Vladimir Bogoraz (known in English as Waldemar Bogoras) pioneered the study of the Chukchi among other topics of anthropological research in the Siberian
North. He first came into contact with the peoples of northeastern Siberia as a political exile, banished to the Kolyma River as a consequence of his underground activities against the czarist regime. His ethnographic and folklore studies of the Chukchi and neighboring peoples, which began to appear in print shortly after his return from exile, have remained, in certain aspects, unsurpassed in the field of anthropology. After the Russian revolution (c.1905-1921), Bogoraz, along with Lev Y. Shternberg, founded the so-called Leningrad School of Ethnography.
Bogoraz's career as an Arctic fieldworker began in 1890, shortly after his arrival in northeastern Siberia, where he started to collect and record folkloric materials among the Russian population. Although his work among the so-called Russian Old Settlers is rarely remembered today, it resulted in a valuable body of texts and also triggered further inquiries into the ethnic landscapes of the Lower Kolyma River. A major event during Bogoraz's years as an involuntary fieldworker was his participation in the so-called Sibiryakov Expedition, which was funded by the rich gold miner Alexander M. Sibiryakov and organized by the Russian Geographical Society. The expedition explored different areas of what is now the Republic of Sakha (Yakutia), and Bogoraz's assignment was the study of the Chukchi and Even peoples. In the course of the expedition, Bogoraz participated in the conduct of the first All-Russian census of 1897 along the Kolyma River. The materials collected enabled Bogoraz to publish his first scholarly contributions to Chukchi ethnography.
Bogoraz's participation in the Jesup North Pacific Expedition (1897-1902), masterminded by Franz Boas and organized by the American Museum of Natural History in New York, marked yet another significant contribution. Together with Vladimir I. Iokhel'son, Bogoraz led the northern party of the Siberian section of the expedition. Bogoraz spent over 12 months in Chukotka and northern Kamchatka (1900-1901), and his travels introduced him to the Reindeer and Maritime Chukchi, as well as the Yupiget (Siberian Yupik). Bogoraz returned to St Petersburg with a wealth of ethnographic data, linguistic notes and texts, ethnographic artifacts, skeletal samples, archaeological specimens, as well as photographs and voice recordings.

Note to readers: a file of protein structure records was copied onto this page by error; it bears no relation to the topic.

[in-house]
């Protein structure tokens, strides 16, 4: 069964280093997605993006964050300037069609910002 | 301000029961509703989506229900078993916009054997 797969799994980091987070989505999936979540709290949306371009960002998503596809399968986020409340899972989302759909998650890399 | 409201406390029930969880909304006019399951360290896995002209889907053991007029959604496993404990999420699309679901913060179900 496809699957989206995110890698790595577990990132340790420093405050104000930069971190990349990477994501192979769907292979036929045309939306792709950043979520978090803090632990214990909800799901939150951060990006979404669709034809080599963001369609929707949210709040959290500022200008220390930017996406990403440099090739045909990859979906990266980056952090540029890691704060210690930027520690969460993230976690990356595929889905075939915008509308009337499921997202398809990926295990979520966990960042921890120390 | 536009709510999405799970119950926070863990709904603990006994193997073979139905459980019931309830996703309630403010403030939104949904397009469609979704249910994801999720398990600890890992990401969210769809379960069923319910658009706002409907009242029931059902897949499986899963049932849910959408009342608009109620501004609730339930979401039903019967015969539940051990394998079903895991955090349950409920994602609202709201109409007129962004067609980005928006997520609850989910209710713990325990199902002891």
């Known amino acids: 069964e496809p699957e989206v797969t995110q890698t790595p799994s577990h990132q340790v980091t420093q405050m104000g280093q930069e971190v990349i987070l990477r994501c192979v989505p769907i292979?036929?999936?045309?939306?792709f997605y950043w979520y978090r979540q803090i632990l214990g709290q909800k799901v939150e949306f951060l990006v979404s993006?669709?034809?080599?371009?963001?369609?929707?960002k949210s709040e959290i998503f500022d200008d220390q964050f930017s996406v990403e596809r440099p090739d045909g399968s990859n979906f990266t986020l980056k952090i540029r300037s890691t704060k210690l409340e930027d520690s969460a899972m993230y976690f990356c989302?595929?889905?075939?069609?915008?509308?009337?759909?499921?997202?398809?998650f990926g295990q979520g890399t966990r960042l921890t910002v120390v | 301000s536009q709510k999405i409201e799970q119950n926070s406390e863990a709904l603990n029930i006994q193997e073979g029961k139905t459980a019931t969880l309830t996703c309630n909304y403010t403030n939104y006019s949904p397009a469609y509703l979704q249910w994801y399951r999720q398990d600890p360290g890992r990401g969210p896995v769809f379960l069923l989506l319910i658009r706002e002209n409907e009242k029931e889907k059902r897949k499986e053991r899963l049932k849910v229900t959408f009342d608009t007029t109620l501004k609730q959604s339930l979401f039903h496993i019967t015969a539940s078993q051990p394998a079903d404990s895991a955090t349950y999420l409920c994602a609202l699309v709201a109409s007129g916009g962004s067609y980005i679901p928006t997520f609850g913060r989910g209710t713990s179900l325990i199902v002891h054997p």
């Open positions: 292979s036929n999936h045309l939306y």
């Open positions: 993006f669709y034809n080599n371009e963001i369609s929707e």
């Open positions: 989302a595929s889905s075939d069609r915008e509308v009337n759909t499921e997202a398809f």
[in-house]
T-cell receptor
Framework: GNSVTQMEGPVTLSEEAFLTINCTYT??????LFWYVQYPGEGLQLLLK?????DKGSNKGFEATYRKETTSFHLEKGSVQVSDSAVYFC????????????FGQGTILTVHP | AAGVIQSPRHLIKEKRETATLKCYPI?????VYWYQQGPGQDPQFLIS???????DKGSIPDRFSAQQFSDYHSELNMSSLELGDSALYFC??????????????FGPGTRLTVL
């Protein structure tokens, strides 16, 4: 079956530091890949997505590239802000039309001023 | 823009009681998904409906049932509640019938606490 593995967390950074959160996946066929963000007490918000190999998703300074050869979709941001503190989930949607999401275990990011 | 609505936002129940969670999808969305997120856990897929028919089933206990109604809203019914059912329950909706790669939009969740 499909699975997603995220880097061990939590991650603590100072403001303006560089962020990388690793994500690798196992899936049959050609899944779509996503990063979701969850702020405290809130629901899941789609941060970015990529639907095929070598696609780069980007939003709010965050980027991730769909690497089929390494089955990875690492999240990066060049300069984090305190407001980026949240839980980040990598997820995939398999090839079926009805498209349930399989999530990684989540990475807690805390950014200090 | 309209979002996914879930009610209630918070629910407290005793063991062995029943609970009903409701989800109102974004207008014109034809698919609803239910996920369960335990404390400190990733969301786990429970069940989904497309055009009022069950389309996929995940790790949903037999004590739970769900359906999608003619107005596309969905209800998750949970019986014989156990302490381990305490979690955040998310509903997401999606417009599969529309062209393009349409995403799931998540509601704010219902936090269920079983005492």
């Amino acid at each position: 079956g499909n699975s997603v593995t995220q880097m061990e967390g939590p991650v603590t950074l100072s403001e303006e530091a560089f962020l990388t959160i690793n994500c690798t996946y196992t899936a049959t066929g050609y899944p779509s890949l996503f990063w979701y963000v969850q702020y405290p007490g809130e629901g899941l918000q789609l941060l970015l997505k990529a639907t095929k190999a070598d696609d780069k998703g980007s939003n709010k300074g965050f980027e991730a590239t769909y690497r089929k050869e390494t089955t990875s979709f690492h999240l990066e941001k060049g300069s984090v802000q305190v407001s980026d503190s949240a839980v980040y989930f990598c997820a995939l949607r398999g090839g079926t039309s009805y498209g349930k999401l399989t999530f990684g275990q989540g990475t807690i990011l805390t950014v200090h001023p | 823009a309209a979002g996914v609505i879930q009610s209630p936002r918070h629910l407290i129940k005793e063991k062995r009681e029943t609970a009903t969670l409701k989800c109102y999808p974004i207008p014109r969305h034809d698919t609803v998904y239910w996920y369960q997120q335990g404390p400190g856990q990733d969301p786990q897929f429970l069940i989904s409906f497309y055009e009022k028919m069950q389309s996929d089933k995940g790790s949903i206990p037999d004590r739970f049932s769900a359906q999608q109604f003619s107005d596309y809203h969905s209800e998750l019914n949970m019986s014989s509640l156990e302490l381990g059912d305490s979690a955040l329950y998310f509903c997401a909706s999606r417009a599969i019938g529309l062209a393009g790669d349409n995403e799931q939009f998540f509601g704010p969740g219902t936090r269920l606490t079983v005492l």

The Jesup North Pacific Expedition resulted in the publication of Bogoraz's best-known research—The Chukchee, a massive, three-part monograph that originally appeared in English under the editorship of Boas. Despite its mono-ethnic title, the work provided outstanding ethnographic data not only about the Chukchi but also about the Yupiget and, to a lesser degree, the Koryak, Yukagir, Even, and Russian Old
Settlers. In accordance with other major baseline ethnographies at the turn of the century, Bogoraz managed to include references to a myriad of anthropological interests, including fishing implements to funeral ceremonies, shamanism to dog-breeding, and from children's games to customary law. The Chukchee is also characterized by an unusual amount of historical information and remains the single best ethnographic source ever written about this people. Other monographs resulting from the expedition include an outstanding volume on Chukchi mythology (Bogoras, 1910) and a short collection of Siberian Yupik folklore (Bogoras, 1913).
While The Chukchee primarily described the various aspects of ethnography, Bogoraz's theoretical writings demonstrate influences from evolutionism and geographic determinism. Most of Bogoraz's scholarly works published outside Russia appeared under the name of Waldemar Bogoras, while he used the pen-name "Tan" as a novelist.
Bogoraz was a self-taught scholar who had no academic standing prior to the Russian revolution. His activities and support for the new government, nonetheless, helped move him into influential positions. In 1918, he became a curator at the Museum of Anthropology and Ethnography of the Academy of Sciences and was given the academic title of professor. In 1922, Bogoraz joined the staff of the faculty of ethnography at the Geographical Institute, which became the core institution of the Leningrad School of Ethnography. He and his colleagues trained the first generation of Soviet anthropologists working in Siberia and elsewhere. Bogoraz was also active in the Committee of the North and served as the director of the Institute of the Peoples of the North in Leningrad. In these and other capacities, Bogoraz contributed to the development of written languages, as well as to the compilation of textbooks and dictionaries for the Chukchi and other peoples. He was the founder and director of the Museum of the History of Religion and Atheism in Leningrad, which provided him with the opportunity to exhibit artifacts of Siberian shamanism and of other traditional forms of religion, while at the same time serving the official cause of the fight against religion.
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